Election 2015: Mandelson predicts another hung Parliament
Former cabinet minister Lord Mandelson has predicted another hung Parliament after the election, saying Labour has not done enough to win over voters.
The Labour peer said the 7 May poll would "almost certainly" result in no party winning enough seats to secure an overall majority.
He said Labour and the Conservatives "have never polled a smaller share of the total vote as they are doing now".
The Conservatives said Labour was relying on the SNP to gain office.
Labour and the Conservatives have been roughly neck and neck in the opinion polls of late, with just weeks to go until the general election.
Lord Mandelson's intervention comes two months after he criticised Labour's proposed "mansion tax" on properties worth more than £2m, saying the plan was "crude" and "short-termist".
Speaking at a Retail Week conference in London, Lord Mandelson said: "The two big parties in British politics have never polled a smaller share of the total vote as they are doing now.
"Why? Because people basically are unhappy with what's on offer. They are therefore shopping around in politics in a way the large parties are ill-equipped to deal with, which will almost certainly deliver us a stalemate hung Parliament in two months' time."
Asked whether the party would do better under another leader, he replied: "Do you think your product would be better if you changed the wrapping? It depends what you think people are voting for."
He said that while the "personification" of a party was important, the public voted for more than that, basing their decisions on "the party's values and the party's relevance, the quality of that product and whether they think that product - or in our case as politicians, that policy - will do for them".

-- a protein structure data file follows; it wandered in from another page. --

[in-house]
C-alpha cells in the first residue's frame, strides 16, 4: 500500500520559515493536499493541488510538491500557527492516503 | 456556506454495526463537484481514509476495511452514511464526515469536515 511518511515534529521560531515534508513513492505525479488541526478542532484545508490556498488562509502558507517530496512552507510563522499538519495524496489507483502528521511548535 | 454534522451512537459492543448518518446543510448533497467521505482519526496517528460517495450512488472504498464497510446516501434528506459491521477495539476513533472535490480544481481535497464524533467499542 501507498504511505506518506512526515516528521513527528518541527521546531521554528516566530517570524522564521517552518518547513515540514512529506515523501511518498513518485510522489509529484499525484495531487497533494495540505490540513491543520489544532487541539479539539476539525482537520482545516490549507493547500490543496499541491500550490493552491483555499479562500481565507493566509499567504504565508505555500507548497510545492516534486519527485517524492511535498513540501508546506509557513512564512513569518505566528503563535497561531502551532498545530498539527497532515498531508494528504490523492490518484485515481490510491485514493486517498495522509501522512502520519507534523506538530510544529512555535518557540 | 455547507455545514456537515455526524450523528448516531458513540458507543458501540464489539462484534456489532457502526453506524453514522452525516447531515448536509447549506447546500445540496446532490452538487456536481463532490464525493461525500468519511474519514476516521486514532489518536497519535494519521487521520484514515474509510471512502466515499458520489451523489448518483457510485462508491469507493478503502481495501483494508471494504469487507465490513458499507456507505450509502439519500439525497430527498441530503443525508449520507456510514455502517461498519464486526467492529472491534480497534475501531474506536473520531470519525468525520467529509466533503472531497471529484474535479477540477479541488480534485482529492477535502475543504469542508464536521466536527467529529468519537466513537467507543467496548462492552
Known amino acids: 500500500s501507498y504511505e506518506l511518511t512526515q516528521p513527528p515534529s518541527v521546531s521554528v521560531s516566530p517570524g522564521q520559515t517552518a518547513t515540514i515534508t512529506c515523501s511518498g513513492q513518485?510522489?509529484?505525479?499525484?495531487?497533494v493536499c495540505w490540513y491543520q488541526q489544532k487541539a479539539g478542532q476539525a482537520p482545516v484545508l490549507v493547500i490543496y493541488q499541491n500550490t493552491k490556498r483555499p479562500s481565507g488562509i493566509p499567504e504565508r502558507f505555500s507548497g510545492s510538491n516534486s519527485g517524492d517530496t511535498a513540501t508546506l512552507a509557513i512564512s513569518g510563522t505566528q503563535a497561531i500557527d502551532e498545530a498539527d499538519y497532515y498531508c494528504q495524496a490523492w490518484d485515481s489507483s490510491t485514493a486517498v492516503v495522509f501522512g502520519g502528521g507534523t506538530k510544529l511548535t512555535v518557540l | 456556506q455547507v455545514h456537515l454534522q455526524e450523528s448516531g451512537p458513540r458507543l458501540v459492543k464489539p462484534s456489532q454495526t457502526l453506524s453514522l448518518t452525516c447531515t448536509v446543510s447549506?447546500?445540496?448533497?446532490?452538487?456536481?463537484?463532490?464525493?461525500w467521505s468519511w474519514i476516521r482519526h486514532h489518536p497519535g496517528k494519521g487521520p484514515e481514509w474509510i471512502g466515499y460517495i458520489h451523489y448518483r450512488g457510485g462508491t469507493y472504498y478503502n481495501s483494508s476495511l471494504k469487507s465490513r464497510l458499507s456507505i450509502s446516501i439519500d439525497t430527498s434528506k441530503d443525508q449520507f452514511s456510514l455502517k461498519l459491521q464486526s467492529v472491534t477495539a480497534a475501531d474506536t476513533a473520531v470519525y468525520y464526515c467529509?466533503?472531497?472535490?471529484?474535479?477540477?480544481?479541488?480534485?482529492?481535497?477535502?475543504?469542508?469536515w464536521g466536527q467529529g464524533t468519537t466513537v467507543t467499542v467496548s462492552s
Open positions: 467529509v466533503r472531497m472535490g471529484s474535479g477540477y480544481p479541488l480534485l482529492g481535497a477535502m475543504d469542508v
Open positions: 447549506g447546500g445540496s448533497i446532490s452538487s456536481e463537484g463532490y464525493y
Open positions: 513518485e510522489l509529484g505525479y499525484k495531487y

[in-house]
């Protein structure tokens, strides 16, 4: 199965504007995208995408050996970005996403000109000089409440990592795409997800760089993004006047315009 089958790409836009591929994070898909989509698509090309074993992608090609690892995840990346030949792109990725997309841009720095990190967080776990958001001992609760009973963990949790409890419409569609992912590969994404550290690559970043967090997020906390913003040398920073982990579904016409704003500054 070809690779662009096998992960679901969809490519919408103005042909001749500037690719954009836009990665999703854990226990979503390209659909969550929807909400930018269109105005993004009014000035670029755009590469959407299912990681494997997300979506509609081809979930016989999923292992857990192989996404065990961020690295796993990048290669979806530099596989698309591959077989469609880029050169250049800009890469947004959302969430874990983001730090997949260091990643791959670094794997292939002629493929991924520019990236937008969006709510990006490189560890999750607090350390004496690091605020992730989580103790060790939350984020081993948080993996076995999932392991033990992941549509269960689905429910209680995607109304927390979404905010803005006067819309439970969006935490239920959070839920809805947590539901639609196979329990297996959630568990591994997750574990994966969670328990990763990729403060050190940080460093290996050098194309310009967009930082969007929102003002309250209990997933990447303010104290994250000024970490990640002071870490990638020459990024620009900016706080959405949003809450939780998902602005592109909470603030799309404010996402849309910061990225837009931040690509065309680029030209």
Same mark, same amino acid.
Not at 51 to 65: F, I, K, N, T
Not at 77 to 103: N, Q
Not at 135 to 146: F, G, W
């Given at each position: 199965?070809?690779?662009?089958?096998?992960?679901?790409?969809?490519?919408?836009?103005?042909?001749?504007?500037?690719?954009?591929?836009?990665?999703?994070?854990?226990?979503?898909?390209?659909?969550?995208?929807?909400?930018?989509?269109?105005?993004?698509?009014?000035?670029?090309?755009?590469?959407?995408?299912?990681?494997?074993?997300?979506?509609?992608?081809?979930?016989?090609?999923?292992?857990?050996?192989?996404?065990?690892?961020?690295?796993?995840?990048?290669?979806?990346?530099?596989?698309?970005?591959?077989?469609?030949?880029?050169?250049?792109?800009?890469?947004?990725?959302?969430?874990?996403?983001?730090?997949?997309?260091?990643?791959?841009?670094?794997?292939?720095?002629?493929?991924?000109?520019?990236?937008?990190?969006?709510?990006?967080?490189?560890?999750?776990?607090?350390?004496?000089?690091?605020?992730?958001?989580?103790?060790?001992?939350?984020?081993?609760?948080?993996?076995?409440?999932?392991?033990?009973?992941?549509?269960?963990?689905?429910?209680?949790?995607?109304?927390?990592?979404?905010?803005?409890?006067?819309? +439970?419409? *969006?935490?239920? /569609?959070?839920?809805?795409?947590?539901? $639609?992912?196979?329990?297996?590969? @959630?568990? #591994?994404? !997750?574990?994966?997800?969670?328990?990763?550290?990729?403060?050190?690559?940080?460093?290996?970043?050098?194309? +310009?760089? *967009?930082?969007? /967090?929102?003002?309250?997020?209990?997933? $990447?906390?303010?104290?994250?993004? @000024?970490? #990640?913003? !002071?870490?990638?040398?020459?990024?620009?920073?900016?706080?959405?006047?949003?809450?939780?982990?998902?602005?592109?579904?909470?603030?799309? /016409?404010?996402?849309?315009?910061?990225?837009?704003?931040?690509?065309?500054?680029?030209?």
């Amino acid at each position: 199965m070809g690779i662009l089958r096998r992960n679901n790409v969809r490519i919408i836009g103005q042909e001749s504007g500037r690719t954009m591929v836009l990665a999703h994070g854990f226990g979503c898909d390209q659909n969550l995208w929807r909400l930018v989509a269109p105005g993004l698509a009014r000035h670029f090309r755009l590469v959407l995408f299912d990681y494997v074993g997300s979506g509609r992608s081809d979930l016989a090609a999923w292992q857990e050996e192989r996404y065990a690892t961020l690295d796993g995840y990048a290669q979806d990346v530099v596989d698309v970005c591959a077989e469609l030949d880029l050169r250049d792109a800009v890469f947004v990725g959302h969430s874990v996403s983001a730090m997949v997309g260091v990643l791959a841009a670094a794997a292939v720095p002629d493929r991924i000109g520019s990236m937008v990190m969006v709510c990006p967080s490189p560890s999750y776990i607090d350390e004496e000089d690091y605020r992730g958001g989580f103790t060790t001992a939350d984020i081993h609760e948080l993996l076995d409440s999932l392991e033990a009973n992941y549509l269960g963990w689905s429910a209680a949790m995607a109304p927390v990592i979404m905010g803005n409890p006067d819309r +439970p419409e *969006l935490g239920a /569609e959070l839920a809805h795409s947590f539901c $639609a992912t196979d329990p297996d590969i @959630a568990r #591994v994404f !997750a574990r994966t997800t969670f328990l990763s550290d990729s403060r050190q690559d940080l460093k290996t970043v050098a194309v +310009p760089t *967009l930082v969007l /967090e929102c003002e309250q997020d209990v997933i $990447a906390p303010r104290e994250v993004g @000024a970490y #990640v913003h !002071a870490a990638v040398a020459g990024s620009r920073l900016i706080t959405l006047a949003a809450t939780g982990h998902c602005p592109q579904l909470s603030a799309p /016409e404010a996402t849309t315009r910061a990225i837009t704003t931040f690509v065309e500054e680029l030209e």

Reacting to his comments, Conservative Party chairman Grant Shapps said: "Lord Mandelson is confirming what we now all know - the only way Miliband will get into Downing Street is if he's carried there in Alex Salmond's pocket."
Mr Miliband "simply isn't up to the job of being prime minister", he added.
Mr Miliband has come under increasing pressure to rule out the prospect of any future Labour-SNP coalition in the event of another hung Parliament.
David Cameron accused the Labour leader of wanting to "crawl into Downing Street" with the SNP's help during Prime Minister's Questions on Wednesday, when the two leaders clashed over TV election debates.
On the subject of the debates, former Business Secretary Lord Mandelson said the broadcasters should not "impose" them on the political parties, or empty-chair any leader who did not take part.
"I don't think the broadcasters have that entitlement. They are broadcasters, they are not the House of Commons. Who elected them?" he said.
He added that Mr Cameron was entitled not to take part in the proposed debates, and that Labour equally had the right to make him look "completely frit".